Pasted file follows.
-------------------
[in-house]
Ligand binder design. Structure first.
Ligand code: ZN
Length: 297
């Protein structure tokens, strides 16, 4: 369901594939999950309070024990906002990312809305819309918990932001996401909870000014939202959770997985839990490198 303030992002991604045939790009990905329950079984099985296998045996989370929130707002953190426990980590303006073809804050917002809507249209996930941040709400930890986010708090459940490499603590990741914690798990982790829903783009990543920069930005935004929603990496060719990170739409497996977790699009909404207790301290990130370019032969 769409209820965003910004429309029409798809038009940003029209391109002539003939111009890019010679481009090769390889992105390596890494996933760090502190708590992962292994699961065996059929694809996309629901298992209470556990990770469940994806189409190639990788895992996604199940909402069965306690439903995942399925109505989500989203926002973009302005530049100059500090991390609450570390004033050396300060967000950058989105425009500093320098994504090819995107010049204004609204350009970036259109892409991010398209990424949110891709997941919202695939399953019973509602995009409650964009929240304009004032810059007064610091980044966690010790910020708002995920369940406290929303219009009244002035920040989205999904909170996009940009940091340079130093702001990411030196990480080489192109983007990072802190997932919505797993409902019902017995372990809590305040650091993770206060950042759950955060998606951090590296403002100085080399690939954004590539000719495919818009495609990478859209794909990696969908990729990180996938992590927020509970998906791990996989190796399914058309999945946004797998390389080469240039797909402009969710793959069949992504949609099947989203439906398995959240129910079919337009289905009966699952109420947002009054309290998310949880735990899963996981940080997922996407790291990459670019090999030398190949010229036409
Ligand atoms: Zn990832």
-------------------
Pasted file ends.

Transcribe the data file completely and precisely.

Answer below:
[in-house]
Ligand binder design. Structure first.
Ligand code: ZN
Length: 297
């Protein structure tokens, strides 16, 4: 369901594939999950309070024990906002990312809305819309918990932001996401909870000014939202959770997985839990490198 303030992002991604045939790009990905329950079984099985296998045996989370929130707002953190426990980590303006073809804050917002809507249209996930941040709400930890986010708090459940490499603590990741914690798990982790829903783009990543920069930005935004929603990496060719990170739409497996977790699009909404207790301290990130370019032969 769409209820965003910004429309029409798809038009940003029209391109002539003939111009890019010679481009090769390889992105390596890494996933760090502190708590992962292994699961065996059929694809996309629901298992209470556990990770469940994806189409190639990788895992996604199940909402069965306690439903995942399925109505989500989203926002973009302005530049100059500090991390609450570390004033050396300060967000950058989105425009500093320098994504090819995107010049204004609204350009970036259109892409991010398209990424949110891709997941919202695939399953019973509602995009409650964009929240304009004032810059007064610091980044966690010790910020708002995920369940406290929303219009009244002035920040989205999904909170996009940009940091340079130093702001990411030196990480080489192109983007990072802190997932919505797993409902019902017995372990809590305040650091993770206060950042759950955060998606951090590296403002100085080399690939954004590539000719495919818009495609990478859209794909990696969908990729990180996938992590927020509970998906791990996989190796399914058309999945946004797998390389080469240039797909402009969710793959069949992504949609099947989203439906398995959240129910079919337009289905009966699952109420947002009054309290998310949880735990899963996981940080997922996407790291990459670019090999030398190949010229036409
Ligand atoms: Zn990832």